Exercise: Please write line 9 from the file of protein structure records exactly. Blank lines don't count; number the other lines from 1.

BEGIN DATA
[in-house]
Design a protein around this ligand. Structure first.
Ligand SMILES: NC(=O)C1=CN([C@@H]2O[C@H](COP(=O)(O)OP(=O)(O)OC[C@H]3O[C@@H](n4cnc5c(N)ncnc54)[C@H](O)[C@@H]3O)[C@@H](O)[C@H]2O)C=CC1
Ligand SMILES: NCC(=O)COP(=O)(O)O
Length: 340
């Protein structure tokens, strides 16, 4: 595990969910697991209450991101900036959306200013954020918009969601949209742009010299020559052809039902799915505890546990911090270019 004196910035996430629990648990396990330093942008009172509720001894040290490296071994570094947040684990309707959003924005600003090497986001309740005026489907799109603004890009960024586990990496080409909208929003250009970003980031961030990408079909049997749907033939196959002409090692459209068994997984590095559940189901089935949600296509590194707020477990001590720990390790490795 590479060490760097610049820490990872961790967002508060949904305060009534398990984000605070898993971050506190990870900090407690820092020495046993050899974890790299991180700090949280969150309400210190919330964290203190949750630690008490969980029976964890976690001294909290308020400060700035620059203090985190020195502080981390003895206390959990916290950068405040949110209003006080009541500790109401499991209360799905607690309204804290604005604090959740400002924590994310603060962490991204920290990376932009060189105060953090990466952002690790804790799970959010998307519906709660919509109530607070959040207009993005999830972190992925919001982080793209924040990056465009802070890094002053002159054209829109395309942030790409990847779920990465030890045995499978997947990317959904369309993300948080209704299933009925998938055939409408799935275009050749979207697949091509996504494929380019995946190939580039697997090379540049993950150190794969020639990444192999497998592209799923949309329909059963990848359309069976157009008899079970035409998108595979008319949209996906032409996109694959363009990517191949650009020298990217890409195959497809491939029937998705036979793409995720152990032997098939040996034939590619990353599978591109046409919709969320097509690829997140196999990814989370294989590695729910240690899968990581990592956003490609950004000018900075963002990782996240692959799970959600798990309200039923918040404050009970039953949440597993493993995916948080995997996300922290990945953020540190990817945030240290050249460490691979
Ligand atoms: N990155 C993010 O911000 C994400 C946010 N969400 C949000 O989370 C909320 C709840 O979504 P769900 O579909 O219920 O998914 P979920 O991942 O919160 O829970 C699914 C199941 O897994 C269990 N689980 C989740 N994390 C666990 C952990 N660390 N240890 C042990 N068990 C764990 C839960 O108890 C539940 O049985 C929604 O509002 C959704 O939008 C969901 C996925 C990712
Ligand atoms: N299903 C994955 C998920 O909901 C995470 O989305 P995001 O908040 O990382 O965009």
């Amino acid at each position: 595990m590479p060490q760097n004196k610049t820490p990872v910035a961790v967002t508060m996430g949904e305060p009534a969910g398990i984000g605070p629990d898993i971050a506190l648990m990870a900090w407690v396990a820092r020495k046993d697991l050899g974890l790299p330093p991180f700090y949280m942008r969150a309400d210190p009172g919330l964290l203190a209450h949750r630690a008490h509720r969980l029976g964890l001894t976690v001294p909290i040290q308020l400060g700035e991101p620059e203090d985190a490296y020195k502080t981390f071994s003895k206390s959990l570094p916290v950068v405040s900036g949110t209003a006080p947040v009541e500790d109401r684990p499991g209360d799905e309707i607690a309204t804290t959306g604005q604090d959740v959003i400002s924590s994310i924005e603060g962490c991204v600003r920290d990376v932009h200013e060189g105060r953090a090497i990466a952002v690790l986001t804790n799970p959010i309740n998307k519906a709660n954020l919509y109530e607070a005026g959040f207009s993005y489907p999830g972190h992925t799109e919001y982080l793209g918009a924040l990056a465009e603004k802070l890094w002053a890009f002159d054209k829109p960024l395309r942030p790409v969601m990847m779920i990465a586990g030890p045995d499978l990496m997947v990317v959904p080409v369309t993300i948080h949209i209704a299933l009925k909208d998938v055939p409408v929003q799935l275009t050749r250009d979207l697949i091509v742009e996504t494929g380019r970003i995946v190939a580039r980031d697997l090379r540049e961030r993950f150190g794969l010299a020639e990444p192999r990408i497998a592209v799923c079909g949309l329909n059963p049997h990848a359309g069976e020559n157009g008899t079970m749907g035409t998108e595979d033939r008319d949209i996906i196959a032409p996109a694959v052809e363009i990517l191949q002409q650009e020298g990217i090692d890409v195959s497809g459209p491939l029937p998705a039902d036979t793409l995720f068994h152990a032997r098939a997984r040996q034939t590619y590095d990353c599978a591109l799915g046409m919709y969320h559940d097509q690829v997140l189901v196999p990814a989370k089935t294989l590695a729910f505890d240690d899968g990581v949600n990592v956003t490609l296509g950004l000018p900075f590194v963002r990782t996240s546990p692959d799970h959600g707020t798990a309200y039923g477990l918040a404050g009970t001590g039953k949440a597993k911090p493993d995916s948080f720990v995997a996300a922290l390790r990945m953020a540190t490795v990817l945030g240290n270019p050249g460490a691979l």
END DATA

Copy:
């Amino acid at each position: 595990m590479p060490q760097n004196k610049t820490p990872v910035a961790v967002t508060m996430g949904e305060p009534a969910g398990i984000g605070p629990d898993i971050a506190l648990m990870a900090w407690v396990a820092r020495k046993d697991l050899g974890l790299p330093p991180f700090y949280m942008r969150a309400d210190p009172g919330l964290l203190a209450h949750r630690a008490h509720r969980l029976g964890l001894t976690v001294p909290i040290q308020l400060g700035e991101p620059e203090d985190a490296y020195k502080t981390f071994s003895k206390s959990l570094p916290v950068v405040s900036g949110t209003a006080p947040v009541e500790d109401r684990p499991g209360d799905e309707i607690a309204t804290t959306g604005q604090d959740v959003i400002s924590s994310i924005e603060g962490c991204v600003r920290d990376v932009h200013e060189g105060r953090a090497i990466a952002v690790l986001t804790n799970p959010i309740n998307k519906a709660n954020l919509y109530e607070a005026g959040f207009s993005y489907p999830g972190h992925t799109e919001y982080l793209g918009a924040l990056a465009e603004k802070l890094w002053a890009f002159d054209k829109p960024l395309r942030p790409v969601m990847m779920i990465a586990g030890p045995d499978l990496m997947v990317v959904p080409v369309t993300i948080h949209i209704a299933l009925k909208d998938v055939p409408v929003q799935l275009t050749r250009d979207l697949i091509v742009e996504t494929g380019r970003i995946v190939a580039r980031d697997l090379r540049e961030r993950f150190g794969l010299a020639e990444p192999r990408i497998a592209v799923c079909g949309l329909n059963p049997h990848a359309g069976e020559n157009g008899t079970m749907g035409t998108e595979d033939r008319d949209i996906i196959a032409p996109a694959v052809e363009i990517l191949q002409q650009e020298g990217i090692d890409v195959s497809g459209p491939l029937p998705a039902d036979t793409l995720f068994h152990a032997r098939a997984r040996q034939t590619y590095d990353c599978a591109l799915g046409m919709y969320h559940d097509q690829v997140l189901v196999p990814a989370k089935t294989l590695a729910f505890d240690d899968g990581v949600n990592v956003t490609l296509g950004l000018p900075f590194v963002r990782t996240s546990p692959d799970h959600g707020t798990a309200y039923g477990l918040a404050g009970t001590g039953k949440a597993k911090p493993d995916s948080f720990v995997a996300a922290l390790r990945m953020a540190t490795v990817l945030g240290n270019p050249g460490a691979l």